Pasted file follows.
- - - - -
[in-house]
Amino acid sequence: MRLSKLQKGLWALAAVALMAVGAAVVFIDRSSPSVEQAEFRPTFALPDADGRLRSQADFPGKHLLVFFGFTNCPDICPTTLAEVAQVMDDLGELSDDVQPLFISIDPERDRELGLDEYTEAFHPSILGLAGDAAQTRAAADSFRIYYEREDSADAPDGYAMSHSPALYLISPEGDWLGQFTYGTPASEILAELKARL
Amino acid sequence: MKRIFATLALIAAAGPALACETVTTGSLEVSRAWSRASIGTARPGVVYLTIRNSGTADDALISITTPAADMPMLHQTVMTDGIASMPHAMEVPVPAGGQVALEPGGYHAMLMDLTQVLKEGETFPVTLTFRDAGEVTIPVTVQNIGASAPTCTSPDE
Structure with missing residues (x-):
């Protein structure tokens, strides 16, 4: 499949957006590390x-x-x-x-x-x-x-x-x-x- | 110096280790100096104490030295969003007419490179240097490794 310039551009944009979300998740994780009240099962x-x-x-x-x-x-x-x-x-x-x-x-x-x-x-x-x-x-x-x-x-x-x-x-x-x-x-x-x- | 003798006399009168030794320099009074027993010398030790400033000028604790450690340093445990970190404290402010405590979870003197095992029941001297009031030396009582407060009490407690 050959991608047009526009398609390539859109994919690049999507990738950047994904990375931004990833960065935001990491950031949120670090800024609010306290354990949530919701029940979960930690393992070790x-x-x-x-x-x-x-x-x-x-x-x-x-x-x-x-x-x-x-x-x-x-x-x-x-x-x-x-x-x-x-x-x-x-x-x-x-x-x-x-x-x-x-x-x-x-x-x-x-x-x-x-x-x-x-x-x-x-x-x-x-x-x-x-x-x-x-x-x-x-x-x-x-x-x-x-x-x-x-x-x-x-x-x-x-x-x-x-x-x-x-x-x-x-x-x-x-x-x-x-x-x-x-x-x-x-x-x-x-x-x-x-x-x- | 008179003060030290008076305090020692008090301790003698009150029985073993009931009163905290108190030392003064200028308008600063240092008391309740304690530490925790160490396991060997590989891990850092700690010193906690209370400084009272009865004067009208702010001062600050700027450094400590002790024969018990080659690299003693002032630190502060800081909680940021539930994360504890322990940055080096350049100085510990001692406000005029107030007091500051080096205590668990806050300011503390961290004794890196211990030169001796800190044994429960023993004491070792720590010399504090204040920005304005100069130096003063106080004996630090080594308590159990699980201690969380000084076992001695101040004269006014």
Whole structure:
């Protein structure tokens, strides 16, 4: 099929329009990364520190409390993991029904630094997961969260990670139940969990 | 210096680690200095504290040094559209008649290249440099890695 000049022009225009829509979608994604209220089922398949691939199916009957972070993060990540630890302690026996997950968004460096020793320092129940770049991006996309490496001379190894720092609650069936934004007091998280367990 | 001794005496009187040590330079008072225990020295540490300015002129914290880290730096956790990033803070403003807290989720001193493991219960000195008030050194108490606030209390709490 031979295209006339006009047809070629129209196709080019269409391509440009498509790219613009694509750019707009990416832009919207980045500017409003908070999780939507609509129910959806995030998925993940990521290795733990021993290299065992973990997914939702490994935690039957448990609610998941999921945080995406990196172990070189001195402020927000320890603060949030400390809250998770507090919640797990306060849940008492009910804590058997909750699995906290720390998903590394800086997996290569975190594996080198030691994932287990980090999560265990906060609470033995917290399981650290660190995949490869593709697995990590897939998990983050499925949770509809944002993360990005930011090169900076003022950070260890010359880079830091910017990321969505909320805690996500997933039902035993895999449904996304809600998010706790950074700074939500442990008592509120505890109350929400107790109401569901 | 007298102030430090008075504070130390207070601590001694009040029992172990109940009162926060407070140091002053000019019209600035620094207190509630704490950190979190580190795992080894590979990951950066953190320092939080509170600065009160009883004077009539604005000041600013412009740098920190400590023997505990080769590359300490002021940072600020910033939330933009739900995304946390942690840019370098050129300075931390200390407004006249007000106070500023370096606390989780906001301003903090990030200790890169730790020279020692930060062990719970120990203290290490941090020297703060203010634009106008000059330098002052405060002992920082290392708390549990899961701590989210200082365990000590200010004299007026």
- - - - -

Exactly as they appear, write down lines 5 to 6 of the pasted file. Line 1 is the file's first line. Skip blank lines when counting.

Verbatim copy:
């Protein structure tokens, strides 16, 4: 499949957006590390x-x-x-x-x-x-x-x-x-x- | 110096280790100096104490030295969003007419490179240097490794 310039551009944009979300998740994780009240099962x-x-x-x-x-x-x-x-x-x-x-x-x-x-x-x-x-x-x-x-x-x-x-x-x-x-x-x-x- | 003798006399009168030794320099009074027993010398030790400033000028604790450690340093445990970190404290402010405590979870003197095992029941001297009031030396009582407060009490407690 050959991608047009526009398609390539859109994919690049999507990738950047994904990375931004990833960065935001990491950031949120670090800024609010306290354990949530919701029940979960930690393992070790x-x-x-x-x-x-x-x-x-x-x-x-x-x-x-x-x-x-x-x-x-x-x-x-x-x-x-x-x-x-x-x-x-x-x-x-x-x-x-x-x-x-x-x-x-x-x-x-x-x-x-x-x-x-x-x-x-x-x-x-x-x-x-x-x-x-x-x-x-x-x-x-x-x-x-x-x-x-x-x-x-x-x-x-x-x-x-x-x-x-x-x-x-x-x-x-x-x-x-x-x-x-x-x-x-x-x-x-x-x-x-x-x-x- | 008179003060030290008076305090020692008090301790003698009150029985073993009931009163905290108190030392003064200028308008600063240092008391309740304690530490925790160490396991060997590989891990850092700690010193906690209370400084009272009865004067009208702010001062600050700027450094400590002790024969018990080659690299003693002032630190502060800081909680940021539930994360504890322990940055080096350049100085510990001692406000005029107030007091500051080096205590668990806050300011503390961290004794890196211990030169001796800190044994429960023993004491070792720590010399504090204040920005304005100069130096003063106080004996630090080594308590159990699980201690969380000084076992001695101040004269006014």
Whole structure: